Here it is!
Have a great summer everyone!
Here it is!
Have a great summer everyone!
Ok, everything possible that could go wrong did. But I’m done.http://astro.temple.edu/~tuc56035/Final5/RealIndex.html
Here is the second HTML coding assignment: http://astro.temple.edu/~tuc69459/index2.html
And here is the final multimedia assignment: http://astro.temple.edu/~tuc69459/index.html
They still need a little touching up because of video errors and minor aligning/padding issues, but I hope you all enjoy, have a great summer!
Final Project: By Victoria Holmes
For my final three projects, I decided to investigate three instances where people were helping the environment two of which were making money. For one, I visited the United By Blue cleanup on Tue, May 1, 5pm – 7pm, Bartram’s Garden, 54th St. and Lindbergh Blvd. For the other, I visited the Collegeville Farmer’s Market, Sat, May 5, 9am – 1pm, 460 East Main Street, Collegeville, PA. In the former case, the company was working on the environment and their business model in equal importance. The second was full of many people of different backgrounds, all of whom cared about the environment to some degree, but found its care incidental. For the third case, where there was little to no profit, I spoke with an artist and a gardener who were in charge of the outdoor art installation called Deep Roots, at Elkins Park Front Yard Farm, 7607 Spring Ave, Elkins Park, PA 19027, on May 5th 2012, who enjoy caring for the environment and working within it to create something beautiful. This semester-long project based around “making a difference in Philadelphia” is something I took very seriously, and then expanded it to not just Philadelphia, but also immediate areas around Philadelphia. This website is dedicated to my final three projects mentioned above.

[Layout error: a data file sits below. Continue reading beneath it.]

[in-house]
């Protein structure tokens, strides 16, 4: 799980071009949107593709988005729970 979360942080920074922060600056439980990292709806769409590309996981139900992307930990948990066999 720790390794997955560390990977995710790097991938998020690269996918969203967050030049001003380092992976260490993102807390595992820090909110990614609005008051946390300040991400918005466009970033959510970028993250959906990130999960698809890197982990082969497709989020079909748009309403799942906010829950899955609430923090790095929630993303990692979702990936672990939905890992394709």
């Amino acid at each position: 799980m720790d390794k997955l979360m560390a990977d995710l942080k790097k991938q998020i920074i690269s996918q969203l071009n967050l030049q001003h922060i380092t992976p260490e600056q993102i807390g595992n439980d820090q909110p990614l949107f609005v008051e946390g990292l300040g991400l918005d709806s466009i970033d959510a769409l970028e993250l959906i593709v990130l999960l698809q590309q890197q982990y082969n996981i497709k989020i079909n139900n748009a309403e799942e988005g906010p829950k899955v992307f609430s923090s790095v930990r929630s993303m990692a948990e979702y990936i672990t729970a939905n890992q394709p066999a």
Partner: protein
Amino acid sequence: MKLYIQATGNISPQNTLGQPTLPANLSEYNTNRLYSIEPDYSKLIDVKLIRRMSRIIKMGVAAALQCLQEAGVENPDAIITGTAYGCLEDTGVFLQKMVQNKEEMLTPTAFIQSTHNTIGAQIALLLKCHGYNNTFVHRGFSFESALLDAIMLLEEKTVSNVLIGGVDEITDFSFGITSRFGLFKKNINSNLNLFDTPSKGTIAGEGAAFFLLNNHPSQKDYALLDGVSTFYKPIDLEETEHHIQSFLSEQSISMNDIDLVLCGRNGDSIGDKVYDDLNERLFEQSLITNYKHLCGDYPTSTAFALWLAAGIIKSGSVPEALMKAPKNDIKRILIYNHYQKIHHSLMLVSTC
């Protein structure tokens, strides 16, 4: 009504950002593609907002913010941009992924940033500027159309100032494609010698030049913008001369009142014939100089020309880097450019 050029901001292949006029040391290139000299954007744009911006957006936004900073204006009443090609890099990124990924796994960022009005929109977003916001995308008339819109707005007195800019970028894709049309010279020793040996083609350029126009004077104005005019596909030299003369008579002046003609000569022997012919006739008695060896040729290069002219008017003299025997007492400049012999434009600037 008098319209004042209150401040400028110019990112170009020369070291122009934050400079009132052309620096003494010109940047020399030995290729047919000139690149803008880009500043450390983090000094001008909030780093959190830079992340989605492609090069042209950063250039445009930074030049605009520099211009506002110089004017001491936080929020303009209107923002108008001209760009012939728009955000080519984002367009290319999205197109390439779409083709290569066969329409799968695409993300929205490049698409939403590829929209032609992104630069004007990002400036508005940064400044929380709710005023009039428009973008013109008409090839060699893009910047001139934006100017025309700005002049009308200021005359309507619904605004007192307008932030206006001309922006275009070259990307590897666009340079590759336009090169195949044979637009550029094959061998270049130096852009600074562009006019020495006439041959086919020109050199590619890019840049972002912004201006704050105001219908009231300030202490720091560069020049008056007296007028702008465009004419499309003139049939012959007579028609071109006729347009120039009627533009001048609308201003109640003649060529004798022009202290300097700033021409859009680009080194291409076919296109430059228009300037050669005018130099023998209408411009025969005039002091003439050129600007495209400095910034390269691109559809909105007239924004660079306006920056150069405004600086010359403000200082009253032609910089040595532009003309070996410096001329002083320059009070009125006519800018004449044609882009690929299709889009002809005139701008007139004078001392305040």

The first of the three, the United by Blue cleanup at Bartram’s Garden was an incredible example of cooperation in a corporation, a community and students. Even people from other companies, such as Levi’s, partook in cleaning up the waterways. There were college-aged people, younger children, and just regular adults from the surrounding community who decided to join in, have some burgers and hot dogs, and find the strangest trash they could to win prizes. Tires, planks of wood, needles and boots were among the refuse found in the waterways, though in a way it was almost a celebration; not only was the trash out of the water, with people winning prizes for it, but for each pound of trash found, United by Blue sells a product, supporting their business model by supporting the environment to reduce impact, treating the environment and business as equals.
The Collegeville Farmer’s Market took a slightly different approach; the vendors there did indeed care about the environment, but cared more about their business. This is not to say that they were simply using the proclamation of “sustainability” and “natural products” as selling platforms, but they were, for the most part, incidental and out of convenience, rather than an active fight against overdrawing of resources. Paul Crognale, for example, grows his own vegetables without using harsh and damaging chemicals, which incidentally does not harm the earth, and is completely natural. He does this because it is his personal belief that using them is wrong, not because he is concerned with the world environment. Similarly, Kay Bryant makes clothing and jewelry out of recycled and repurposed materials because she does not see a point in constantly getting new materials, although she sometimes does. For the businesses interviewed, each interviewee took some measure to keep their environment healthy and in order, but it was mostly a secondary goal rather than a primary one.
Finally, Michaelann Velicky and Meei-Ling Ng proclaim the natural to be their passion, though both of them pursue it differently; Velicky is a permaculture educator, while Ng is both a farmer and an artist. Velicky realizes that humanity has a responsibility to slow the process of degradation, to preserve what little we have left, and to rebuild it from there, while Ng wants to reduce the impact of goods on the environment by repurposing products to create functional art, which does not just take up space. Ng wants it to reconnect and work in tandem with nature, while Velicky wants humanity to do the same. In their own ways, they are attempting to attain the same goal of reducing the damage done to the Earth, while making life beautiful and enjoyable.
Mike Cangi: 215-642-0693
Alli Blum: 215-642-0694
Alex & Sandy Frazier: 484-431-5587
Meei-Ling Ng: 215-606-8428
Michaelann Velicky: 610-506-6729
Here is the link to my website.